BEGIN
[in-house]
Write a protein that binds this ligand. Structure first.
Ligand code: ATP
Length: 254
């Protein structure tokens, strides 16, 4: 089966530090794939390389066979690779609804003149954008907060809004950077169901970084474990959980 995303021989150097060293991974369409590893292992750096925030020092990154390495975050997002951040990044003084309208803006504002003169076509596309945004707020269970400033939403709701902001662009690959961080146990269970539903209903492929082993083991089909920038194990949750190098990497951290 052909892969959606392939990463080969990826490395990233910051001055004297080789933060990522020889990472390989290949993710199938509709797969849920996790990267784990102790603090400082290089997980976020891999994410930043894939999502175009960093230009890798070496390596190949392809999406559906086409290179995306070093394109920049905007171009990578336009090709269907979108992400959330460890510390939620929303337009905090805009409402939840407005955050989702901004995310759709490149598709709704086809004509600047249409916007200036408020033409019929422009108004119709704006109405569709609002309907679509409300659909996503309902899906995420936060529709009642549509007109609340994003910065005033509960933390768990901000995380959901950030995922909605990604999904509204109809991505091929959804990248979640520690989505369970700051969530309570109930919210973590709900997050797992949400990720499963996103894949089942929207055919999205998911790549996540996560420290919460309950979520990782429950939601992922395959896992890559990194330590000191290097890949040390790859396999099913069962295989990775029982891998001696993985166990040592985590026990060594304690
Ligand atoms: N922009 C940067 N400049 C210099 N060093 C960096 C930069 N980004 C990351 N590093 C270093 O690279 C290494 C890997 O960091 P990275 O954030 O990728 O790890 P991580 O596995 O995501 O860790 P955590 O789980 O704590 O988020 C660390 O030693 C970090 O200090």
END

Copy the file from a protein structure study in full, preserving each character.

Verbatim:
[in-house]
Write a protein that binds this ligand. Structure first.
Ligand code: ATP
Length: 254
């Protein structure tokens, strides 16, 4: 089966530090794939390389066979690779609804003149954008907060809004950077169901970084474990959980 995303021989150097060293991974369409590893292992750096925030020092990154390495975050997002951040990044003084309208803006504002003169076509596309945004707020269970400033939403709701902001662009690959961080146990269970539903209903492929082993083991089909920038194990949750190098990497951290 052909892969959606392939990463080969990826490395990233910051001055004297080789933060990522020889990472390989290949993710199938509709797969849920996790990267784990102790603090400082290089997980976020891999994410930043894939999502175009960093230009890798070496390596190949392809999406559906086409290179995306070093394109920049905007171009990578336009090709269907979108992400959330460890510390939620929303337009905090805009409402939840407005955050989702901004995310759709490149598709709704086809004509600047249409916007200036408020033409019929422009108004119709704006109405569709609002309907679509409300659909996503309902899906995420936060529709009642549509007109609340994003910065005033509960933390768990901000995380959901950030995922909605990604999904509204109809991505091929959804990248979640520690989505369970700051969530309570109930919210973590709900997050797992949400990720499963996103894949089942929207055919999205998911790549996540996560420290919460309950979520990782429950939601992922395959896992890559990194330590000191290097890949040390790859396999099913069962295989990775029982891998001696993985166990040592985590026990060594304690
Ligand atoms: N922009 C940067 N400049 C210099 N060093 C960096 C930069 N980004 C990351 N590093 C270093 O690279 C290494 C890997 O960091 P990275 O954030 O990728 O790890 P991580 O596995 O995501 O860790 P955590 O789980 O704590 O988020 C660390 O030693 C970090 O200090």